What has surprised you the most about living abroad with your significant other? What are the best (and most challenging) parts about being abroad together?
Roksana: Once I got over the fact at how bad the toilet stank after Keith, I was surprised at how great we generally got on. Of course, there are times where we would drive each other crazy and fight as all couples do after all we did spend practically every minute of the day together but despite this, I think we got even closer than we were before. We were in a different world together and had to rely on each other.
The great thing was that we got to meet so many other teachers like us from all over the world which we often met at the weekends which meant that it wasn’t just the two of us alone. I feel very grateful for all the friends I made on my journey without them this experience wouldn’t be the same.
Keith: I’m surprised at how quickly we were able to adapt to Thailand with regards food, customs, climate, language etc we just took it all in our stride. The best part about being abroad together is that we can share so many amazing experiences which will be great to look back on in the future.
When either of us become homesick from time to time we can comfort each other. It is also an advantage when it comes to teaching that we can compare ideas and help each other in relation to lesson planning, grading etc. The challenging part I suppose is that Roksana takes AGES in the bathroom getting ready every morning but aside from that it’s all good.
What is one piece of advice you guys would give to future couples wanting to teach together in Thailand?
Roksana: If you’re coming as a couple, especially if you’ve never lived together before it’s important to be patient and talk about things that may annoy you. For example, at the start, Keith would often lie down on the bed in his shoes on. In my house, we’d take our shoes off in the hall so this used to drive me crazy.
I, on the other hand, would often leave the toothpaste cap open which was something Keith didn’t approve of, but after we reminded each other a few times not to do it, it eventually stuck and we try our best to keep each other happy.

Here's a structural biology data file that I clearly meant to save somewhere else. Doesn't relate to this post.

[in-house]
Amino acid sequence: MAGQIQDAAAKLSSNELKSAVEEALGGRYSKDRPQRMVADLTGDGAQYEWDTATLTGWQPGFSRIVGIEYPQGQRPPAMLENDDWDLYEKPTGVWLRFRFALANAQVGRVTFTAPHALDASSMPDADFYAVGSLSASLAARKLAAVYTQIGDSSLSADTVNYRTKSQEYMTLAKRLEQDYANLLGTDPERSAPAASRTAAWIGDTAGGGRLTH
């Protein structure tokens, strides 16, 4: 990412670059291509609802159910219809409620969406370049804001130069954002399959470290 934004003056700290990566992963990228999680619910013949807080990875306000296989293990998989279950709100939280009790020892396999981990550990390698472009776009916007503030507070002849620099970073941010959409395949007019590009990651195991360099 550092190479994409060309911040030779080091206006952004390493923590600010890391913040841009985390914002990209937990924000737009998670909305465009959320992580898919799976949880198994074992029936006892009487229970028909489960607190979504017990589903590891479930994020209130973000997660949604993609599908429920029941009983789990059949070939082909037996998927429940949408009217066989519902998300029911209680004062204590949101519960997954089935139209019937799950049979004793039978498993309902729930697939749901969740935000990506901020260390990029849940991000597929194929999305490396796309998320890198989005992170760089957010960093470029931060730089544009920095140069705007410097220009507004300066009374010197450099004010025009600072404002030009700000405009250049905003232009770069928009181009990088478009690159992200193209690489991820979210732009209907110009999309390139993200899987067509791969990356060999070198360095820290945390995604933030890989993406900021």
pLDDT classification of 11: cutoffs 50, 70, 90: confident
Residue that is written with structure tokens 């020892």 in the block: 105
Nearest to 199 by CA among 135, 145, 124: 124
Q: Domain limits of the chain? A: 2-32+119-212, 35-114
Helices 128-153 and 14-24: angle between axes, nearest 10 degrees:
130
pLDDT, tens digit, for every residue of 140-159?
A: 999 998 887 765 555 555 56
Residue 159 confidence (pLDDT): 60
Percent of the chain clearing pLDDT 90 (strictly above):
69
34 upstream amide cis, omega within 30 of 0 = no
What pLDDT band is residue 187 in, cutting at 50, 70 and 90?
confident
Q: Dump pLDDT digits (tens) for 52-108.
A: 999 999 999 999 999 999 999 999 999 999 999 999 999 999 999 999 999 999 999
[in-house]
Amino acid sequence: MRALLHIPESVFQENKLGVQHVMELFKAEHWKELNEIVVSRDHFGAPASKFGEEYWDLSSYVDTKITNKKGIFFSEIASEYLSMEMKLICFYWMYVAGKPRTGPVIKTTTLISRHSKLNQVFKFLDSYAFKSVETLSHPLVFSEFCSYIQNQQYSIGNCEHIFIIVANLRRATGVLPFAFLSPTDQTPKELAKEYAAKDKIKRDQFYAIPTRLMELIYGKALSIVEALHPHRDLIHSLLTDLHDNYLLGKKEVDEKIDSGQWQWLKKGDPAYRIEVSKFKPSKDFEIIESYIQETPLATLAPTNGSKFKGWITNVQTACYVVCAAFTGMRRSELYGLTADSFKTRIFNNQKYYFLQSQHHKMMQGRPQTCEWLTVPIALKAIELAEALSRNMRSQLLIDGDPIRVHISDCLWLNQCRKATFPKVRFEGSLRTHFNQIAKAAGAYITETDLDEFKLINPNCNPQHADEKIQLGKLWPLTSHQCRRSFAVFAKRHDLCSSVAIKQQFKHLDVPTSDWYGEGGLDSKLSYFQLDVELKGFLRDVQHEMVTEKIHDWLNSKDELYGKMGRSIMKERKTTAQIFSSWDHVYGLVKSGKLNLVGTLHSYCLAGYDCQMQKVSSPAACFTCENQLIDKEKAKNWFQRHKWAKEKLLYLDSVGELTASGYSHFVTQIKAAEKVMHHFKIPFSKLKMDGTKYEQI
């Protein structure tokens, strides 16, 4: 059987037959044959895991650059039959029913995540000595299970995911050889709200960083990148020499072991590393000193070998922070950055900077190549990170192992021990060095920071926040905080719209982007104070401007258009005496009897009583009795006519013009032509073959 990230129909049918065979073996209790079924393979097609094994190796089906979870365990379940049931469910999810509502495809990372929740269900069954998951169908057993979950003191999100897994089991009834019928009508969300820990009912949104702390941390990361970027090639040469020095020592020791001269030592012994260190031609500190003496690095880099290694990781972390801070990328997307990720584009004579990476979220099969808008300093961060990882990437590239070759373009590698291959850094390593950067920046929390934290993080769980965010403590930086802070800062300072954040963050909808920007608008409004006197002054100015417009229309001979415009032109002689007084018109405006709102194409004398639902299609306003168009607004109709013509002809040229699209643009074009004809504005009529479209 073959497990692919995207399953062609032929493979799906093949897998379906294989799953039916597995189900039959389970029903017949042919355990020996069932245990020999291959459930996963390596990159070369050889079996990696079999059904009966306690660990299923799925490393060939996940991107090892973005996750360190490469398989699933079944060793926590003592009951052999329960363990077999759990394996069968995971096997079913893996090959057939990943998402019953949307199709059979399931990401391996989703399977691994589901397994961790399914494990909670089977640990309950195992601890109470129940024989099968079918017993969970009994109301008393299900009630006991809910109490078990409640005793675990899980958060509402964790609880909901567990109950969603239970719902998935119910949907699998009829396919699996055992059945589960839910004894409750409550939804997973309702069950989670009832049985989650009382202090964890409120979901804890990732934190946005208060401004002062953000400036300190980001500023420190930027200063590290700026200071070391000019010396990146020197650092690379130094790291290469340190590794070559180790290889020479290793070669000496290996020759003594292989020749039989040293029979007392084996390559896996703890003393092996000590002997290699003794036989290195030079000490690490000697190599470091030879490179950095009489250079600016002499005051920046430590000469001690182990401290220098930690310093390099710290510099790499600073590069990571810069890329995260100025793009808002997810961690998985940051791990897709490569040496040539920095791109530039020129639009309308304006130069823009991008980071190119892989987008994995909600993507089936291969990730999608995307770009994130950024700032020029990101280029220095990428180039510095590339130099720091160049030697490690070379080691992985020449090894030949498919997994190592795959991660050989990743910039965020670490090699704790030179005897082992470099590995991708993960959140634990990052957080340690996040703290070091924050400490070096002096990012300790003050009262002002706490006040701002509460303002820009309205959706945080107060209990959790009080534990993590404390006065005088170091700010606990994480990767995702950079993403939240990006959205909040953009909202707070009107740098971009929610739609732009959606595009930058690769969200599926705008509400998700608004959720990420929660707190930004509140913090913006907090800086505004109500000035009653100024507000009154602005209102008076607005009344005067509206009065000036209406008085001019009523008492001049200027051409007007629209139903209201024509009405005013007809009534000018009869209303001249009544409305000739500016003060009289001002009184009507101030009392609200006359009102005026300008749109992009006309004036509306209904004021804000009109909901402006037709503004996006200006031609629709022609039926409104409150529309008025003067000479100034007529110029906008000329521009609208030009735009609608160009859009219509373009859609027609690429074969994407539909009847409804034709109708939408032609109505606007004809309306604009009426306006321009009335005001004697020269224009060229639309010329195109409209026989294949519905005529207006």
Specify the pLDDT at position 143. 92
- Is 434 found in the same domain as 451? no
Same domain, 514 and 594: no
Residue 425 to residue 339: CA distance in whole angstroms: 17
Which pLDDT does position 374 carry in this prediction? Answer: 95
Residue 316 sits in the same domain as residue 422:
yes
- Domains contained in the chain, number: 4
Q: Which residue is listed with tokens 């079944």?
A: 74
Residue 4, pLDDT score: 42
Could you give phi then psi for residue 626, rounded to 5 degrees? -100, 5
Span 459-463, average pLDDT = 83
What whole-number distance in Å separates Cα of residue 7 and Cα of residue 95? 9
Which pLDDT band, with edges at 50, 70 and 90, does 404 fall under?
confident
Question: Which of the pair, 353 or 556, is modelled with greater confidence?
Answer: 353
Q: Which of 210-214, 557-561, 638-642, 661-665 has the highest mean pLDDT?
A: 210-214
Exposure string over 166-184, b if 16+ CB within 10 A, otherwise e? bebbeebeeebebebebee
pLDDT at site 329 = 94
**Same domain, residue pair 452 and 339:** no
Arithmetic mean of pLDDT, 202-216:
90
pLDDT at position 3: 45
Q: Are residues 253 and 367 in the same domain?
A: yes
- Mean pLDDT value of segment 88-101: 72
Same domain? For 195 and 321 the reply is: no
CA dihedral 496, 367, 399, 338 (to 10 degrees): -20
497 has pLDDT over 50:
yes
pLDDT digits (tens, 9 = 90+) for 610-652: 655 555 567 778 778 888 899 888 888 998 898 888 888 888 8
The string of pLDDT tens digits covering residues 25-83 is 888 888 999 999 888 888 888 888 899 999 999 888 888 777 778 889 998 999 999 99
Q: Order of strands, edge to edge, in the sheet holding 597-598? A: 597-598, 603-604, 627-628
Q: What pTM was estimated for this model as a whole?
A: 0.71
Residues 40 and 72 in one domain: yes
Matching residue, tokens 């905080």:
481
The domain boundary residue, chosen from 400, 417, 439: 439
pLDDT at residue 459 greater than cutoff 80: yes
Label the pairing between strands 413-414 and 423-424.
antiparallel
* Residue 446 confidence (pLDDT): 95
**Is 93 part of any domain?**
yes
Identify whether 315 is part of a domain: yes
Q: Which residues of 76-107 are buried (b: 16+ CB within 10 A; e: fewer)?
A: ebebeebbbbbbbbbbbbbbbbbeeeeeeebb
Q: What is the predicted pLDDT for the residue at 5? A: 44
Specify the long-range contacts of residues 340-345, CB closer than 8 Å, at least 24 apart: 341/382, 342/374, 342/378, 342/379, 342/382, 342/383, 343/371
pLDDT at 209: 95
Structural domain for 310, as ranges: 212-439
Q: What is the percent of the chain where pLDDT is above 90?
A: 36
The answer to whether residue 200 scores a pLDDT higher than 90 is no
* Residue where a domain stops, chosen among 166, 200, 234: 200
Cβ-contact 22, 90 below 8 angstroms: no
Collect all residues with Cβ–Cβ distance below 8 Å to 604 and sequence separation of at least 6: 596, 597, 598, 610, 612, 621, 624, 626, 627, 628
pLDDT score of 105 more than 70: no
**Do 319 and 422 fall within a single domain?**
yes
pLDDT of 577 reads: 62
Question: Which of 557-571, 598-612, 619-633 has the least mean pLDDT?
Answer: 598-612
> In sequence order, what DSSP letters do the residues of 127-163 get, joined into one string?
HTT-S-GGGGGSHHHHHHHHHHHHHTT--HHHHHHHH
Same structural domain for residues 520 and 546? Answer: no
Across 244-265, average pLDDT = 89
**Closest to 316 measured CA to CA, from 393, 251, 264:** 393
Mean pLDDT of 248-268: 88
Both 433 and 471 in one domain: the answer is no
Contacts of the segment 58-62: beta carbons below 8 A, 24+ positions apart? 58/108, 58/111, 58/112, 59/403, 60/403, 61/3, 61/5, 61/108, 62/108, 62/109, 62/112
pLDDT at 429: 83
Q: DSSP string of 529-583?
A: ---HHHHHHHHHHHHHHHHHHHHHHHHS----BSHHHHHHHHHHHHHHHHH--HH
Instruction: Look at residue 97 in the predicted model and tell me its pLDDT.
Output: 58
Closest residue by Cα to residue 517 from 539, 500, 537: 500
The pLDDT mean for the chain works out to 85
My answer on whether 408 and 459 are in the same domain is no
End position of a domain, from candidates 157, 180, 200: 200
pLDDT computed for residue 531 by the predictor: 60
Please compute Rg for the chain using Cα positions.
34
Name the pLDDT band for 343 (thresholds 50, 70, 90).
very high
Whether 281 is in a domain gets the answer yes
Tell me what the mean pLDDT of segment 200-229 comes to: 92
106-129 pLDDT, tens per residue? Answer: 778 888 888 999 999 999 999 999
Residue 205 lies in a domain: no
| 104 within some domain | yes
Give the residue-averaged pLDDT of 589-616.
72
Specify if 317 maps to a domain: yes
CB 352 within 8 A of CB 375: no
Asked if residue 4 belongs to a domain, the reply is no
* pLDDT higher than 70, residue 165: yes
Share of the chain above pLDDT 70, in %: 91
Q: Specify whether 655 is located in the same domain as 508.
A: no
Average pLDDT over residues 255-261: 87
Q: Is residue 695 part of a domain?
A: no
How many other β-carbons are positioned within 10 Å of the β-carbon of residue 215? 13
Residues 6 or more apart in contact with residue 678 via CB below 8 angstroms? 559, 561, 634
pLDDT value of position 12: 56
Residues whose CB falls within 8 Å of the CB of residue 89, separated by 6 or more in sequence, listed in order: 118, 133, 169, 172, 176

Also while coming to Thailand you have to be very open-minded and accept the culture in which you’re emerging into. For example, in Thailand, you can’t fail your students. On our arrival, we were told that if a student is doing badly in class make them carry your books to earn extra points but don’t fail them.
If students come 15 minutes late to class do not shout or lose your face. It’s very important to come with a relaxed (Mai pen rai) attitude which means “don’t worry” “never mind” “whatever right?” You have to accept things as they are as it will make your stay so much easier.
Keith: Look out for each other. There will definitely be times when you annoy each other but I think that might come from being around the same person 24/7. My advice would be to try and not let any dispute last more than 24 hours. Kiss, make up and enjoy the paradise you’re teaching in because you never know if and when you’ll be back.
What do you miss the most about Ireland whilst being abroad?
Roksana: For me, it’s my family and friends. I’d be very close with my siblings and I miss annoying them on daily basis. I also miss the fresh Irish air so different to the stuffy hot air in Bangkok for example. But most of all I miss the good oul’ humble potato. I already told mum that when I’m home I do not want to see a grain of rice in the house.
Keith: Gaelic football. Working on the farm. Kerrygold butter. Charleville cheese. Leprechauns. Shamrocks. St.Patrick’s Day. A decent pint. The usual.
Roksana and Keith, we your travel stories! We can’t wait to see what comes next for the two of you on your travel adventure!